Jump-Start Your Thinking

Image of jumper cables connected by a spark

Questions are the motor of thinking. A question puts your subconscious databanks into motion—it's a request to the subconscious to provide information. Although I teach techniques to generate questions to move thinking along, sometimes it's helpful to use pre-packaged questions in addition to or instead of your own.

To warm up your thinking on a subject, Marcia Yudkin recommended1 answering this set of six questions on paper, allowing yourself exactly three minutes per question:

  1. Describe it. What are its physical characteristics?
  2. Define it. What are its essential qualities?
  3. Compare it. What is it similar to and different from?
  4. Analyze it. What are its parts?
  5. Associate from it. What does it remind you of?
  6. Argue for it and against it. What are the pros and cons?

These are excellent questions to jump-start your thinking. They cover six logical processes: concretization, definition, differentiation, analysis, analogy, and proof. In 6 weeks, I have used them a dozen times.

I find that three minutes per question is the perfect amount of time. It's long enough that you have to push yourself a bit and short enough that you don't get discouraged or bogged down trying for the perfect answer. And when I'm finished, I'm not just warmed up—I've generated a substantial amount of useful material.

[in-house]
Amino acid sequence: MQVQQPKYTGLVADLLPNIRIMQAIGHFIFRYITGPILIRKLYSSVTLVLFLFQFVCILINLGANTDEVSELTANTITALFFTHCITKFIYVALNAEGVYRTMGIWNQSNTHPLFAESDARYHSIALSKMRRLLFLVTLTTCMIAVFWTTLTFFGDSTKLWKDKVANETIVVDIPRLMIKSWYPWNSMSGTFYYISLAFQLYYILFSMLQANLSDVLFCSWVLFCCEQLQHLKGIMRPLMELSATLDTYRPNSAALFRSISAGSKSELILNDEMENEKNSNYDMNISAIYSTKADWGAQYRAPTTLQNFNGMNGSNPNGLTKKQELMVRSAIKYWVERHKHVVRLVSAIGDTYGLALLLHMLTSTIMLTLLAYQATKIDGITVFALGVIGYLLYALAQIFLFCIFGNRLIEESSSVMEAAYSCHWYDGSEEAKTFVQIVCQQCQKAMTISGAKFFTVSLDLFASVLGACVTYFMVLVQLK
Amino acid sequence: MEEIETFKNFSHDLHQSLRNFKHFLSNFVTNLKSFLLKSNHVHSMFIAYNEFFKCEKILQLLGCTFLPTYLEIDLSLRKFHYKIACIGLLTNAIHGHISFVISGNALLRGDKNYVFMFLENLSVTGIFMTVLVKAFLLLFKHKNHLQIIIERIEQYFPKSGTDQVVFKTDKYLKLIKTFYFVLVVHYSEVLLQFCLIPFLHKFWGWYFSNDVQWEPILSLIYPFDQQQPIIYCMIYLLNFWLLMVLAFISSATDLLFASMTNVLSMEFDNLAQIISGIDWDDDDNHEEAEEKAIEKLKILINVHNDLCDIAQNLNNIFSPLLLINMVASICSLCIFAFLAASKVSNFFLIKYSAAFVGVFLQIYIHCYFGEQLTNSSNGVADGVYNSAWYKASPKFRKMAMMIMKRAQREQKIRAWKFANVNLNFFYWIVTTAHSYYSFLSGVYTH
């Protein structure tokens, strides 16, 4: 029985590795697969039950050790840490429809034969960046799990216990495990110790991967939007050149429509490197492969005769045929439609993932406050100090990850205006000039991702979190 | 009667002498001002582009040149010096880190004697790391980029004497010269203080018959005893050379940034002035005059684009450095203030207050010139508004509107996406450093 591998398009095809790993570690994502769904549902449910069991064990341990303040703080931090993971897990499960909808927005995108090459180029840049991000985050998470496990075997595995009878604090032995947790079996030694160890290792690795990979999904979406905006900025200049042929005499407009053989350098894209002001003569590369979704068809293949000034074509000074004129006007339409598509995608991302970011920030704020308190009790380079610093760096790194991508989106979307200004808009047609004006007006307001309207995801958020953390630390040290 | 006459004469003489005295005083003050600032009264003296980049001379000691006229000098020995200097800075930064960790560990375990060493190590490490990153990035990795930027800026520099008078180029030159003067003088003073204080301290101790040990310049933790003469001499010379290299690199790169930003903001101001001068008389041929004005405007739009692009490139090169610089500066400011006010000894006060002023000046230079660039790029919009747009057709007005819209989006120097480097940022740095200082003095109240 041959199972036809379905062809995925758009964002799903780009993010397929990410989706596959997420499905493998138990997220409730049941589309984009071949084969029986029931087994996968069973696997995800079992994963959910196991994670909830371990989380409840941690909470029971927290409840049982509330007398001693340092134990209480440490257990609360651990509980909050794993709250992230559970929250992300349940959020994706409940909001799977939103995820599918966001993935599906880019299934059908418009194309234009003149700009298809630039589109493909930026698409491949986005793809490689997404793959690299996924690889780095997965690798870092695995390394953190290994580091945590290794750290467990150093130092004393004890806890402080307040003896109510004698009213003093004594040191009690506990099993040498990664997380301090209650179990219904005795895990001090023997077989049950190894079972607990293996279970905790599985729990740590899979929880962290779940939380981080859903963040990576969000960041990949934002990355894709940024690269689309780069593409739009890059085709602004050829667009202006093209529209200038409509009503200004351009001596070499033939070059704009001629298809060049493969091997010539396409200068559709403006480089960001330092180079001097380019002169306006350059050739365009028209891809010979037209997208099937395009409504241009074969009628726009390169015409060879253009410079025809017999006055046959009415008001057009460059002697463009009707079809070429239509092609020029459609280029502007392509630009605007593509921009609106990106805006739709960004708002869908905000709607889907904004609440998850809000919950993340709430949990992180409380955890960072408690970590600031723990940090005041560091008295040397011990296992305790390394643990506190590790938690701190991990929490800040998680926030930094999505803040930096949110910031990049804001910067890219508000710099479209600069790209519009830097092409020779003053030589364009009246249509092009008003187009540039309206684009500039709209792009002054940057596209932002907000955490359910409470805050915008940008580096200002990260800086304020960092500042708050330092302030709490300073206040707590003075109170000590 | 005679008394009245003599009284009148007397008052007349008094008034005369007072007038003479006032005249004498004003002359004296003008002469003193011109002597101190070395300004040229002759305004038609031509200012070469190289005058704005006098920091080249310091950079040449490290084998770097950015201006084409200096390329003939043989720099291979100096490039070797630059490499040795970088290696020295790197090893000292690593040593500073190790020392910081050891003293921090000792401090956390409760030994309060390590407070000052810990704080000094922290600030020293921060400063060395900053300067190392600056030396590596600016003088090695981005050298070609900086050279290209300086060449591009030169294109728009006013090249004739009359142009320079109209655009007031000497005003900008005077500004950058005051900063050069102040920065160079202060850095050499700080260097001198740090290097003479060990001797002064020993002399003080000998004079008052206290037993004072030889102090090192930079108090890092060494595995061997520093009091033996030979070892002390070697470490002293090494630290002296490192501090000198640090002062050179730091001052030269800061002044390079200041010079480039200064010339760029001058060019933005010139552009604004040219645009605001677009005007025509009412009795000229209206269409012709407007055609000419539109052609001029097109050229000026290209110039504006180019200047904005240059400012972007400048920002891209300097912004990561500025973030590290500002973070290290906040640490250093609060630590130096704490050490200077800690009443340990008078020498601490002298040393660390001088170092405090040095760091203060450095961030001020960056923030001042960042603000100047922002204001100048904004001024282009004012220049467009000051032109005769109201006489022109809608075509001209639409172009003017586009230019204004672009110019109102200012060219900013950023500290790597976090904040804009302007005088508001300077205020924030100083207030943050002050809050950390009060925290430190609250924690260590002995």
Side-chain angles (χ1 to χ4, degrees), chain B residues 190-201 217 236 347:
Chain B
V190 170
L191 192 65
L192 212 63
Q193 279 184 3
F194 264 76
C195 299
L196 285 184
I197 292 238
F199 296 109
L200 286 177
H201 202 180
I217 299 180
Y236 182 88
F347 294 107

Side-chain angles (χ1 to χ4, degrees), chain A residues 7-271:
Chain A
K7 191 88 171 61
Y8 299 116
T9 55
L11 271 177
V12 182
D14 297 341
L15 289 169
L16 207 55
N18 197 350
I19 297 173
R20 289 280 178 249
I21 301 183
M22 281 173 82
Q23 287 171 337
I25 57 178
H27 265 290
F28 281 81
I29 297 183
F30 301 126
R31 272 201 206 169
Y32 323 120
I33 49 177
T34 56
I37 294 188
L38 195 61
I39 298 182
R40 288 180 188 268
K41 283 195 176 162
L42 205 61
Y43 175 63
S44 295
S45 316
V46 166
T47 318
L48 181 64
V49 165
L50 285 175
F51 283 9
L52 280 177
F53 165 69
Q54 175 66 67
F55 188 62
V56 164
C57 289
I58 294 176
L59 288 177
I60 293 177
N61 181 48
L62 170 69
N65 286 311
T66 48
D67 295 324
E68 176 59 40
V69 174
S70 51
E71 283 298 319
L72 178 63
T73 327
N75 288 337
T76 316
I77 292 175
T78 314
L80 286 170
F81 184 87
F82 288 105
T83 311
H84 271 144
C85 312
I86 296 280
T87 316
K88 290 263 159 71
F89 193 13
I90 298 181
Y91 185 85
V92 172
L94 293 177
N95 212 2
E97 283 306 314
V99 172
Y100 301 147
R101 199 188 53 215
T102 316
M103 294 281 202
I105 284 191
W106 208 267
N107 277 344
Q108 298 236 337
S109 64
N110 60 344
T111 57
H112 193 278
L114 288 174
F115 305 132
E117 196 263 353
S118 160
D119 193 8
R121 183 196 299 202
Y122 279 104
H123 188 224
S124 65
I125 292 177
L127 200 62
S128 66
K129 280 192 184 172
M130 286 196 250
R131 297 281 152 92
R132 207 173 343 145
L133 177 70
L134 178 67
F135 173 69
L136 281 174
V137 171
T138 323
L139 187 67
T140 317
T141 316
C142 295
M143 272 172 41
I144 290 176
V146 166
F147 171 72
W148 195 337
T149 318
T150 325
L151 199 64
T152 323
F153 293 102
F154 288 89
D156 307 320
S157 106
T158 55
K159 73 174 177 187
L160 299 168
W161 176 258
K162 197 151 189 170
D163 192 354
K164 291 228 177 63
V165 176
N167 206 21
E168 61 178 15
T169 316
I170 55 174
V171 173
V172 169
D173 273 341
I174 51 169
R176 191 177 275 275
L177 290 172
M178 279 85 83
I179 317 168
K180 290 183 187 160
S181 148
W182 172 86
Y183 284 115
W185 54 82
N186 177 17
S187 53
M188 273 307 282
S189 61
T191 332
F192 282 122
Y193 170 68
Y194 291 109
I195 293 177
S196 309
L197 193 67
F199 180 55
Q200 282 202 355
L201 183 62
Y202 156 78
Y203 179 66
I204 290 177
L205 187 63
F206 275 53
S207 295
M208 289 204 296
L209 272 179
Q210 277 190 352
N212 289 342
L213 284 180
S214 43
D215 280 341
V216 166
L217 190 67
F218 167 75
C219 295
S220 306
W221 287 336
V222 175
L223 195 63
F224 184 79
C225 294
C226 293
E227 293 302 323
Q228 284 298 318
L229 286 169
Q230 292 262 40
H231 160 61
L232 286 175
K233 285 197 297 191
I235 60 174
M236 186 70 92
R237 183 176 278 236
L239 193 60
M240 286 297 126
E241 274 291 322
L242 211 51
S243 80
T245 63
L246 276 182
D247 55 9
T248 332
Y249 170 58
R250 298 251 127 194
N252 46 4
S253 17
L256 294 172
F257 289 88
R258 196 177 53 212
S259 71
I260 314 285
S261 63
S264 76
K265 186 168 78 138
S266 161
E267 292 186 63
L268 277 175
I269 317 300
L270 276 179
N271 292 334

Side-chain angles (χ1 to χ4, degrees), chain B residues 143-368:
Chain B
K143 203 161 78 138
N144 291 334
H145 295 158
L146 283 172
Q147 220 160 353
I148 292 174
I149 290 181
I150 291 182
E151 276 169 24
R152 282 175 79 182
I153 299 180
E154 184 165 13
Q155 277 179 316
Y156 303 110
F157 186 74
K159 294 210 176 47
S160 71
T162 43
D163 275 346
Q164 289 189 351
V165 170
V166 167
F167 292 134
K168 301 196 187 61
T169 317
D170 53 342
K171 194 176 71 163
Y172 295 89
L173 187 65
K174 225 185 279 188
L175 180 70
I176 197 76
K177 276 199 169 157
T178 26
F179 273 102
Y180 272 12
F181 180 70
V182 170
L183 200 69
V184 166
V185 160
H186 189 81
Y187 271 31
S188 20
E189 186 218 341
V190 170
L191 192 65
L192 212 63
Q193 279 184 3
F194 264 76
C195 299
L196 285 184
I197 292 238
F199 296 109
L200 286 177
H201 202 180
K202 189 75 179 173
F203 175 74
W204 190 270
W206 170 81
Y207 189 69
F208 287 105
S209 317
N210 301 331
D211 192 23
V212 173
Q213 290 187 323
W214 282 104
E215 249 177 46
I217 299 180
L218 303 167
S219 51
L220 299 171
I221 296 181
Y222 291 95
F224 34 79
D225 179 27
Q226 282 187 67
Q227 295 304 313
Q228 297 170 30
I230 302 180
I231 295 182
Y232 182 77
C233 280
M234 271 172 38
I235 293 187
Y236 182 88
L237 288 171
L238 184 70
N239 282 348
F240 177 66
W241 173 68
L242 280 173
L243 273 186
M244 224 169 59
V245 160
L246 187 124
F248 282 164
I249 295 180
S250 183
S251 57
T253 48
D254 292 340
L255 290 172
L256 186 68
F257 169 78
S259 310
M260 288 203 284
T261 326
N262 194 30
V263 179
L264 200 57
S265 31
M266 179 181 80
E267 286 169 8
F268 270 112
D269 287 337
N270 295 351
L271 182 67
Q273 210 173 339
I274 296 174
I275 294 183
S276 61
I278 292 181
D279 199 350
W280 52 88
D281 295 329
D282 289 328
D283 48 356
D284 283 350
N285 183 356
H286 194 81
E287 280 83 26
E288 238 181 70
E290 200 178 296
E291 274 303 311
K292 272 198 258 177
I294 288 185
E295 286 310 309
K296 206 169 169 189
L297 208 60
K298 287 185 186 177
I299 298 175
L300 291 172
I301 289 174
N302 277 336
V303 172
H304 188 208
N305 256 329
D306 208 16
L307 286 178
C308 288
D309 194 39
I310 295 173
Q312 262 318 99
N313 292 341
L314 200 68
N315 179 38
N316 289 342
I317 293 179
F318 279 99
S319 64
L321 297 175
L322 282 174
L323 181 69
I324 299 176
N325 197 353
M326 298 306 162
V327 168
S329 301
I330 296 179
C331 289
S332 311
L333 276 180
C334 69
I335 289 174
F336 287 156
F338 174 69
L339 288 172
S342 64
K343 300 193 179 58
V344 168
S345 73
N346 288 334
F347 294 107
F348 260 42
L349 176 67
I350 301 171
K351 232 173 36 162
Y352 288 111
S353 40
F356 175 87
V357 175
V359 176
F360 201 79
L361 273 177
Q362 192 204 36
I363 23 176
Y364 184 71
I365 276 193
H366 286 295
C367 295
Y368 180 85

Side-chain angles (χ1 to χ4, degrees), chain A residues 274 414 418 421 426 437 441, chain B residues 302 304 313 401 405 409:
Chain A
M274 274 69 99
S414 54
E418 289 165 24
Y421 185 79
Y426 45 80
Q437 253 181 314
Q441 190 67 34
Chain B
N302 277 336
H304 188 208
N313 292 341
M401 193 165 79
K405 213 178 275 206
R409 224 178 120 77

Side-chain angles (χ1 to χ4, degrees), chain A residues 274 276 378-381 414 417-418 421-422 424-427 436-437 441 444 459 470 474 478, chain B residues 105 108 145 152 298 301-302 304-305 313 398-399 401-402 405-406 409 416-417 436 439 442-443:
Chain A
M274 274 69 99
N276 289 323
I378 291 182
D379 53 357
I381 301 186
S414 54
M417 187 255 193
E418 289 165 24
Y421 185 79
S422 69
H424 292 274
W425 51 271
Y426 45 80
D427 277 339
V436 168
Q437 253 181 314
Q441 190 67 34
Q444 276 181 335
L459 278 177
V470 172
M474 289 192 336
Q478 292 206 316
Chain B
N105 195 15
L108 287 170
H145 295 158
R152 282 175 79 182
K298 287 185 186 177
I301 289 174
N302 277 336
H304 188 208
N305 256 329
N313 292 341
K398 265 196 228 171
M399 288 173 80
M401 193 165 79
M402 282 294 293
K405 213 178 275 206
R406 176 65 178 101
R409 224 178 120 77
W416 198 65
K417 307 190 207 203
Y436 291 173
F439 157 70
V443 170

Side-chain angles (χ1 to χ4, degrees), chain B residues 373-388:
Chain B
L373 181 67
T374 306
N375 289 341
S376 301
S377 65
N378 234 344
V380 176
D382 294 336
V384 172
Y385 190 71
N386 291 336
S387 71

You can use this 3-minute technique with sets of questions for different purposes. Good pre-packaged questions appear in many "how to" books. For example, here is a set of questions for describing a problem:

Problem Description2

  1. What is it we're trying to explain? What is the difference between how things are and how they should be?
  2. Where do we observe this happening?
  3. When does it occur?
  4. How serious or how extensive is it?

And here are questions for improving a regular decision process:

Decision Improvement3

  1. What makes this kind of decision difficult?
  2. What kinds of errors are often made?
  3. How would an expert make this decision differently than a novice? Identify cues and strategies the experts use.
  4. How can I practice and get feedback to help me make this decision better next time?

I've collected these and other question-sets and written them on index cards. Now when I face a puzzle, I look through the cards, then choose the most relevant questions to spur me on my way. I'm finding that questions I read about years ago are suddenly helpful in new situations. For example, I've adapted the questions for improving decisions (above) into a set for improving judgment.

Asking myself pre-packaged questions has become an indispensable technique for me. I've added this tool to my workshop, and I am recommending it to you. Collect pre-packaged questions. Then, when you need to jump-start your thinking, simply choose an appropriate set, and spend three minutes answering each one on paper. It will be time well spent.

Notes:

1. Marcia Yudkin reports this set of questions is called “Cubing” by its creator, Elizabeth Howe, in her CD course, Become a More Productive Writer.

2. Kepner & Tregoe, The New Rational Manager.

3. Gary Klein, The Power of Intuition.

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